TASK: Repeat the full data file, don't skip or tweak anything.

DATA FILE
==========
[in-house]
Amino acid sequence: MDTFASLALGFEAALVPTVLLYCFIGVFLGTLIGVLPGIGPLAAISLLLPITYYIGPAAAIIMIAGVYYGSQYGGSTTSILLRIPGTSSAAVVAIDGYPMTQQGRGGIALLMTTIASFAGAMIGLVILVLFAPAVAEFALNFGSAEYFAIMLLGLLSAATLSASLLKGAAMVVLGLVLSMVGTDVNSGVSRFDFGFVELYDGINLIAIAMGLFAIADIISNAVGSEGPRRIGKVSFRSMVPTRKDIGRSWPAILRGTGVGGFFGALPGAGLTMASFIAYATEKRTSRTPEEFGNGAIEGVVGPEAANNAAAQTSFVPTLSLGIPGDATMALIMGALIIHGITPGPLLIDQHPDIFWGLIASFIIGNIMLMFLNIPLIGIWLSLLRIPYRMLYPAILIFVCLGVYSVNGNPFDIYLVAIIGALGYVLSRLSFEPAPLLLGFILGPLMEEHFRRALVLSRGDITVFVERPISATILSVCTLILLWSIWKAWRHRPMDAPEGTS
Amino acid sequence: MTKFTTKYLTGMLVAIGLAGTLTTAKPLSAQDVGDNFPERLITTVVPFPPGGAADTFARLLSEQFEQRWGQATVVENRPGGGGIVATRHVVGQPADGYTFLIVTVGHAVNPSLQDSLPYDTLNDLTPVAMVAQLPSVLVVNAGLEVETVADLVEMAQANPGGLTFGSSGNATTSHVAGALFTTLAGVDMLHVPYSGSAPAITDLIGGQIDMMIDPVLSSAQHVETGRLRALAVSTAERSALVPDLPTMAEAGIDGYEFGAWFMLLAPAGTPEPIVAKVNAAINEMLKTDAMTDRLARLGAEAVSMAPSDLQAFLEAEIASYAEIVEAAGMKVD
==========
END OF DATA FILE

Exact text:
[in-house]
Amino acid sequence: MDTFASLALGFEAALVPTVLLYCFIGVFLGTLIGVLPGIGPLAAISLLLPITYYIGPAAAIIMIAGVYYGSQYGGSTTSILLRIPGTSSAAVVAIDGYPMTQQGRGGIALLMTTIASFAGAMIGLVILVLFAPAVAEFALNFGSAEYFAIMLLGLLSAATLSASLLKGAAMVVLGLVLSMVGTDVNSGVSRFDFGFVELYDGINLIAIAMGLFAIADIISNAVGSEGPRRIGKVSFRSMVPTRKDIGRSWPAILRGTGVGGFFGALPGAGLTMASFIAYATEKRTSRTPEEFGNGAIEGVVGPEAANNAAAQTSFVPTLSLGIPGDATMALIMGALIIHGITPGPLLIDQHPDIFWGLIASFIIGNIMLMFLNIPLIGIWLSLLRIPYRMLYPAILIFVCLGVYSVNGNPFDIYLVAIIGALGYVLSRLSFEPAPLLLGFILGPLMEEHFRRALVLSRGDITVFVERPISATILSVCTLILLWSIWKAWRHRPMDAPEGTS
Amino acid sequence: MTKFTTKYLTGMLVAIGLAGTLTTAKPLSAQDVGDNFPERLITTVVPFPPGGAADTFARLLSEQFEQRWGQATVVENRPGGGGIVATRHVVGQPADGYTFLIVTVGHAVNPSLQDSLPYDTLNDLTPVAMVAQLPSVLVVNAGLEVETVADLVEMAQANPGGLTFGSSGNATTSHVAGALFTTLAGVDMLHVPYSGSAPAITDLIGGQIDMMIDPVLSSAQHVETGRLRALAVSTAERSALVPDLPTMAEAGIDGYEFGAWFMLLAPAGTPEPIVAKVNAAINEMLKTDAMTDRLARLGAEAVSMAPSDLQAFLEAEIASYAEIVEAAGMKVD